In an embodiment, the object processing index 108 maintains time buckets (e.g., time buckets 120 and time buckets 122). A time bucket is a grouping of object references 109. A time bucket is associated with a time period (interchangeably referred to herein as a “time interval”). As an example, a time bucket may be associated with a time interval from 10 am to 10:30 am on Nov. 5, 2016 or a time interval from 2 pm to 3 pm on Nov. 6, 2016. Object references 109, within a particular time bucket, reference objects 110 that are to be processed during the time interval corresponding to the particular time bucket.

In an embodiment, a group of object references 109 within a time bucket may be further divided into sub-groups of object references 109. As an example, the particular time bucket is divided into three partitions (or sections). Each partition includes a corresponding sub-group of object references 109 of the group of object references 109 corresponding to the particular time bucket. Each partition may be assigned to an object processor 104, as further described below. An object processor 104, assigned to a particular partition of a time bucket, processes the objects 110 referenced by the object references 109 within the particular partition. Different object processors 104 may be assigned to different partitions within a same time bucket.

In an embodiment, time buckets within the object processing index 108 are associated with a corresponding time bucket generation. A time bucket generation may define one or more of: (a) an interval size of a time bucket, (b) a number of partitions or sections within a time bucket, and (c) an assignment algorithm for assigning an object reference to one of the partitions within a time bucket.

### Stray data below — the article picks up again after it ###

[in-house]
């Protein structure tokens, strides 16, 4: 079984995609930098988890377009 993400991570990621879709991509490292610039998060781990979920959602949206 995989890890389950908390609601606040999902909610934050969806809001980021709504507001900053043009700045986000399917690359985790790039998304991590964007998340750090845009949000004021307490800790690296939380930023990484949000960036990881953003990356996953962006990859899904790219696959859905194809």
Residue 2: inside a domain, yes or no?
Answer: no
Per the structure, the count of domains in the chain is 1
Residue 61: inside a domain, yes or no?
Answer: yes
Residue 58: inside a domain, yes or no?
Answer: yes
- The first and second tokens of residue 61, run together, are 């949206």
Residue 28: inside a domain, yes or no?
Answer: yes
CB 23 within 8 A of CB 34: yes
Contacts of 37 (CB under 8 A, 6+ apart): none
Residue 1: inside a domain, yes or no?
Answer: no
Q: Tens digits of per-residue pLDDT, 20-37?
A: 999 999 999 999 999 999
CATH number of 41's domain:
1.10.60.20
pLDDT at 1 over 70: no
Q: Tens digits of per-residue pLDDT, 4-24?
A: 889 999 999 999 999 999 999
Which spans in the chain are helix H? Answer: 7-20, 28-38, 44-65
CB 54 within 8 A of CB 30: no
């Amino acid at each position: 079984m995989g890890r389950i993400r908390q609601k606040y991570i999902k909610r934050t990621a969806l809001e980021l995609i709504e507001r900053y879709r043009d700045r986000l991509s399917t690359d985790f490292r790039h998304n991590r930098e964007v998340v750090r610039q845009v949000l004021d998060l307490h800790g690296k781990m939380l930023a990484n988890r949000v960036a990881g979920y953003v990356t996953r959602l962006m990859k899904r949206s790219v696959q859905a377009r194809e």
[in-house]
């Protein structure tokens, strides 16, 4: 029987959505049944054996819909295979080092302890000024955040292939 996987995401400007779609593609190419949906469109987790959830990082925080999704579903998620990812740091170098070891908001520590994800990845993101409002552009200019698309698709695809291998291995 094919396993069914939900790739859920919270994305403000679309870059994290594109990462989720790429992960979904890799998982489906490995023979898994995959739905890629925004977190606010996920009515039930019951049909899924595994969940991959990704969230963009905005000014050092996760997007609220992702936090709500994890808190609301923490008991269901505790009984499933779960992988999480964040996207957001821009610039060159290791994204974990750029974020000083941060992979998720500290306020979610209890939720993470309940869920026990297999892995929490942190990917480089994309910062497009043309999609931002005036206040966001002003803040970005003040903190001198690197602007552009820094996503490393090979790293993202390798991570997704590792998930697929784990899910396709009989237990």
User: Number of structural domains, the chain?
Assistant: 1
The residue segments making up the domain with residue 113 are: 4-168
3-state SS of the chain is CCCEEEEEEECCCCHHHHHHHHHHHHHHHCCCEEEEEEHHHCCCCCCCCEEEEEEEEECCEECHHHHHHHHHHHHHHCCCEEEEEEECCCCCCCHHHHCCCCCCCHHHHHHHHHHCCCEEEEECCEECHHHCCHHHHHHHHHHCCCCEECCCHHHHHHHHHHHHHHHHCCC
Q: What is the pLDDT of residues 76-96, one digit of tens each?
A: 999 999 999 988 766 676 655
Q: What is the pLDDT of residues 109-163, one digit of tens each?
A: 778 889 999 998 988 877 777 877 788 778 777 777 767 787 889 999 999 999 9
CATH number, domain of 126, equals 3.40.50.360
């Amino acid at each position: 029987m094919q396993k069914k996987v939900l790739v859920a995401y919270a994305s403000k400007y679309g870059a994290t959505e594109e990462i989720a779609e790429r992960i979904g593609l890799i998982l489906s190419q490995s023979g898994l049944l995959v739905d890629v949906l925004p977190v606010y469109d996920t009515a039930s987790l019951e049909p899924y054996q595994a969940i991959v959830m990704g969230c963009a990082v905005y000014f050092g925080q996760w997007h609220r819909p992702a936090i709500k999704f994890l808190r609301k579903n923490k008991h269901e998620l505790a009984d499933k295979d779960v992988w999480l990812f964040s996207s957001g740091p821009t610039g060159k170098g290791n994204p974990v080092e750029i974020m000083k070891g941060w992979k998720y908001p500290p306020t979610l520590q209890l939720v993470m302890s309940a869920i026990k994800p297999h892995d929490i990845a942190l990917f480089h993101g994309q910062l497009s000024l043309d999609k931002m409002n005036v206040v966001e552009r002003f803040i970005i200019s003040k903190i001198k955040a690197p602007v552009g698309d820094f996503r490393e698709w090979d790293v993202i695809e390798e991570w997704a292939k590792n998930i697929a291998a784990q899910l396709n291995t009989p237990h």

FIG. 1B illustrates an example with two time bucket generations: time bucket generation 112 and time bucket generation 114. As understood by a person skilled in the art, any number of time bucket generations may be configured for the object processing index 108. Time bucket generation 112 includes time buckets 120. Time buckets 120 of time bucket generation 112 have 30 minute intervals, each with 3 partitions. Time buckets 122 of time bucket generation 114 have 60 minute intervals, each with 2 partitions.

An optimal configuration for time buckets may change as a system scales up or scales down. As an example, as an average number of objects, to be processed within each period of time, increases or decreases, the configuration of time buckets may be modified for optimizing performance. Modifying the time buckets may include adding new time bucket generations defining configurations for corresponding time buckets. The new time bucket generations may be used concurrently with previously defined time bucket generations. As another example, different time bucket generations may be concurrently implemented for referencing different types of processing operations or different types of data.

Returning to FIG. 1A, an object processing scheduler 102 includes one or more software and/or hardware components used for scheduling the processing of objects 110. The object processing scheduler 102 may include functionality to determine how and when an object is to be processed. The object processing scheduler 102 may analyze information about Object Mutation Events (OMEs) published by a component of a storage system to determine how and when to process an object. OME information may specify that an object has been added to a container, deleted from a container, moved, or modified. OME information may further specify how and when the object is to be processed at a future time. The object processing scheduler 102 may analyze policies corresponding to a container, which includes the object, to determine how and when to process the object. The policies may explicitly indicate how and when objects within the container are to be processed. The object processing scheduler 102 may receive explicit instructions from any component of a storage system (or other system) which specify how and when an object is to be processed. The object processing scheduler 102 may use a single method or multiple techniques in combination to determine how and when to process an object.